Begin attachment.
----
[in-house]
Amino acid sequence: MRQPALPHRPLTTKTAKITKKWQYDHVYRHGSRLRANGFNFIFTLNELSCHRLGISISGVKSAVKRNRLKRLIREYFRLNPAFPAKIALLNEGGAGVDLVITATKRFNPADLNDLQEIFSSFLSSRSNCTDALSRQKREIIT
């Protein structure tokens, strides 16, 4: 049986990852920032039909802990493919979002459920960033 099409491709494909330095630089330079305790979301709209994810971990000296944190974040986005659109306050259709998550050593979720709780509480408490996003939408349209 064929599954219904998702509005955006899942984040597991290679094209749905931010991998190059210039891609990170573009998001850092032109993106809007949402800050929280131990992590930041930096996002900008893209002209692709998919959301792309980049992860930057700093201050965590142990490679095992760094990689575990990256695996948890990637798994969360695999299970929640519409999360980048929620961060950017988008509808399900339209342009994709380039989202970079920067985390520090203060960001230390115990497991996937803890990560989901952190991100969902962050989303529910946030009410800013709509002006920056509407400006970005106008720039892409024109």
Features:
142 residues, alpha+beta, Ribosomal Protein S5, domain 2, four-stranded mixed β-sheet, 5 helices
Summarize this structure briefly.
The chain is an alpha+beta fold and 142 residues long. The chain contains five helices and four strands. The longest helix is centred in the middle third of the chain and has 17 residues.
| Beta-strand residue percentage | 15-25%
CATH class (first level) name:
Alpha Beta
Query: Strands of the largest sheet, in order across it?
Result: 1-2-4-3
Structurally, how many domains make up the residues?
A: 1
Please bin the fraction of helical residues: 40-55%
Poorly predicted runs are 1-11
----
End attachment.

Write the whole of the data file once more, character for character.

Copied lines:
[in-house]
Amino acid sequence: MRQPALPHRPLTTKTAKITKKWQYDHVYRHGSRLRANGFNFIFTLNELSCHRLGISISGVKSAVKRNRLKRLIREYFRLNPAFPAKIALLNEGGAGVDLVITATKRFNPADLNDLQEIFSSFLSSRSNCTDALSRQKREIIT
């Protein structure tokens, strides 16, 4: 049986990852920032039909802990493919979002459920960033 099409491709494909330095630089330079305790979301709209994810971990000296944190974040986005659109306050259709998550050593979720709780509480408490996003939408349209 064929599954219904998702509005955006899942984040597991290679094209749905931010991998190059210039891609990170573009998001850092032109993106809007949402800050929280131990992590930041930096996002900008893209002209692709998919959301792309980049992860930057700093201050965590142990490679095992760094990689575990990256695996948890990637798994969360695999299970929640519409999360980048929620961060950017988008509808399900339209342009994709380039989202970079920067985390520090203060960001230390115990497991996937803890990560989901952190991100969902962050989303529910946030009410800013709509002006920056509407400006970005106008720039892409024109």
Features:
142 residues, alpha+beta, Ribosomal Protein S5, domain 2, four-stranded mixed β-sheet, 5 helices
Summarize this structure briefly.
The chain is an alpha+beta fold and 142 residues long. The chain contains five helices and four strands. The longest helix is centred in the middle third of the chain and has 17 residues.
| Beta-strand residue percentage | 15-25%
CATH class (first level) name:
Alpha Beta
Query: Strands of the largest sheet, in order across it?
Result: 1-2-4-3
Structurally, how many domains make up the residues?
A: 1
Please bin the fraction of helical residues: 40-55%
Poorly predicted runs are 1-11